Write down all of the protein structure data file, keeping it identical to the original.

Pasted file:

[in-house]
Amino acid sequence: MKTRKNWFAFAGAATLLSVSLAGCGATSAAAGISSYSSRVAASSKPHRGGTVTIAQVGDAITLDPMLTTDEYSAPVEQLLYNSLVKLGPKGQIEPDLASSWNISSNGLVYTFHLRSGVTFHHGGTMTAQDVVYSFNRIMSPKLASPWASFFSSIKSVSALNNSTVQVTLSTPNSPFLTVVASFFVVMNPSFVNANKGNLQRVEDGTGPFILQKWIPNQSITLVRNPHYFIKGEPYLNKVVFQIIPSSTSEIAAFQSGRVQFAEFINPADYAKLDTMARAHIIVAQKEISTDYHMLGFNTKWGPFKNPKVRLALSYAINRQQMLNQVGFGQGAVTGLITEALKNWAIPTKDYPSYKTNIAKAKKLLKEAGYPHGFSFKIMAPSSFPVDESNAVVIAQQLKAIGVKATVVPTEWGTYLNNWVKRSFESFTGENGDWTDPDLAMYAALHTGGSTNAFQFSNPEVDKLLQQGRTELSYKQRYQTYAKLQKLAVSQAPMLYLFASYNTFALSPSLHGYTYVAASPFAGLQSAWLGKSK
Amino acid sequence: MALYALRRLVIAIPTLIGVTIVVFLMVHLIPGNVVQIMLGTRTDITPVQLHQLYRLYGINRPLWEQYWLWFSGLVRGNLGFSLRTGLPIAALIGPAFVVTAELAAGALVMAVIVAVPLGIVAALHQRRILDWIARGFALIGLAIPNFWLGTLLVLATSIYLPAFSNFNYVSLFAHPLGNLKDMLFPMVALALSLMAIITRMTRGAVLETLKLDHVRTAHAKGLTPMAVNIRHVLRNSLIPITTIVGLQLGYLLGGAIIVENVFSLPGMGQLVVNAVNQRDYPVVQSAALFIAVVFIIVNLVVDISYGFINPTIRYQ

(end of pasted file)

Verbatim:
[in-house]
Amino acid sequence: MKTRKNWFAFAGAATLLSVSLAGCGATSAAAGISSYSSRVAASSKPHRGGTVTIAQVGDAITLDPMLTTDEYSAPVEQLLYNSLVKLGPKGQIEPDLASSWNISSNGLVYTFHLRSGVTFHHGGTMTAQDVVYSFNRIMSPKLASPWASFFSSIKSVSALNNSTVQVTLSTPNSPFLTVVASFFVVMNPSFVNANKGNLQRVEDGTGPFILQKWIPNQSITLVRNPHYFIKGEPYLNKVVFQIIPSSTSEIAAFQSGRVQFAEFINPADYAKLDTMARAHIIVAQKEISTDYHMLGFNTKWGPFKNPKVRLALSYAINRQQMLNQVGFGQGAVTGLITEALKNWAIPTKDYPSYKTNIAKAKKLLKEAGYPHGFSFKIMAPSSFPVDESNAVVIAQQLKAIGVKATVVPTEWGTYLNNWVKRSFESFTGENGDWTDPDLAMYAALHTGGSTNAFQFSNPEVDKLLQQGRTELSYKQRYQTYAKLQKLAVSQAPMLYLFASYNTFALSPSLHGYTYVAASPFAGLQSAWLGKSK
Amino acid sequence: MALYALRRLVIAIPTLIGVTIVVFLMVHLIPGNVVQIMLGTRTDITPVQLHQLYRLYGINRPLWEQYWLWFSGLVRGNLGFSLRTGLPIAALIGPAFVVTAELAAGALVMAVIVAVPLGIVAALHQRRILDWIARGFALIGLAIPNFWLGTLLVLATSIYLPAFSNFNYVSLFAHPLGNLKDMLFPMVALALSLMAIITRMTRGAVLETLKLDHVRTAHAKGLTPMAVNIRHVLRNSLIPITTIVGLQLGYLLGGAIIVENVFSLPGMGQLVVNAVNQRDYPVVQSAALFIAVVFIIVNLVVDISYGFINPTIRYQ